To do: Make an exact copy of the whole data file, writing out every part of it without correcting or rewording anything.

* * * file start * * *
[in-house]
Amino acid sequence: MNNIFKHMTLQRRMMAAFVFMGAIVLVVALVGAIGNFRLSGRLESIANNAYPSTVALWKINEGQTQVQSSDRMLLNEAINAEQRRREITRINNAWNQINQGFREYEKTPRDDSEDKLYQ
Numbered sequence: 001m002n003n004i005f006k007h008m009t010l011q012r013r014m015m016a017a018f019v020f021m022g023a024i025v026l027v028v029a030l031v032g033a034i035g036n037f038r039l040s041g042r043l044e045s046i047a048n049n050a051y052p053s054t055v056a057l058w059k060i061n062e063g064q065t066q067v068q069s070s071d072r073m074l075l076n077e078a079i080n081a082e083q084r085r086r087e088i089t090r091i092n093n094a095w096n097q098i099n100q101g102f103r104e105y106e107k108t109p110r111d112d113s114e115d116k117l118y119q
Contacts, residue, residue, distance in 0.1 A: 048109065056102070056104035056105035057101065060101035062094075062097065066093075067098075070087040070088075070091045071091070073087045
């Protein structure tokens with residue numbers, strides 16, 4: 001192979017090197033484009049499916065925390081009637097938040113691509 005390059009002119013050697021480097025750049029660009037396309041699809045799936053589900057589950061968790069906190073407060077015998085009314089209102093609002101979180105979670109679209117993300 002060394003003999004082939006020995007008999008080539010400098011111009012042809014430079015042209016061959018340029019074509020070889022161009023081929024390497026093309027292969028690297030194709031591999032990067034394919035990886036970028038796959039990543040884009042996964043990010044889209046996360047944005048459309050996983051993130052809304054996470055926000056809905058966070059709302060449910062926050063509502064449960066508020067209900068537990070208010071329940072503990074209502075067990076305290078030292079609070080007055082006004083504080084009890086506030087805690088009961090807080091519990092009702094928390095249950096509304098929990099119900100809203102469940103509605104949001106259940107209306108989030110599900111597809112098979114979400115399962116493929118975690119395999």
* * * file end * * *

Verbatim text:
[in-house]
Amino acid sequence: MNNIFKHMTLQRRMMAAFVFMGAIVLVVALVGAIGNFRLSGRLESIANNAYPSTVALWKINEGQTQVQSSDRMLLNEAINAEQRRREITRINNAWNQINQGFREYEKTPRDDSEDKLYQ
Numbered sequence: 001m002n003n004i005f006k007h008m009t010l011q012r013r014m015m016a017a018f019v020f021m022g023a024i025v026l027v028v029a030l031v032g033a034i035g036n037f038r039l040s041g042r043l044e045s046i047a048n049n050a051y052p053s054t055v056a057l058w059k060i061n062e063g064q065t066q067v068q069s070s071d072r073m074l075l076n077e078a079i080n081a082e083q084r085r086r087e088i089t090r091i092n093n094a095w096n097q098i099n100q101g102f103r104e105y106e107k108t109p110r111d112d113s114e115d116k117l118y119q
Contacts, residue, residue, distance in 0.1 A: 048109065056102070056104035056105035057101065060101035062094075062097065066093075067098075070087040070088075070091045071091070073087045
């Protein structure tokens with residue numbers, strides 16, 4: 001192979017090197033484009049499916065925390081009637097938040113691509 005390059009002119013050697021480097025750049029660009037396309041699809045799936053589900057589950061968790069906190073407060077015998085009314089209102093609002101979180105979670109679209117993300 002060394003003999004082939006020995007008999008080539010400098011111009012042809014430079015042209016061959018340029019074509020070889022161009023081929024390497026093309027292969028690297030194709031591999032990067034394919035990886036970028038796959039990543040884009042996964043990010044889209046996360047944005048459309050996983051993130052809304054996470055926000056809905058966070059709302060449910062926050063509502064449960066508020067209900068537990070208010071329940072503990074209502075067990076305290078030292079609070080007055082006004083504080084009890086506030087805690088009961090807080091519990092009702094928390095249950096509304098929990099119900100809203102469940103509605104949001106259940107209306108989030110599900111597809112098979114979400115399962116493929118975690119395999």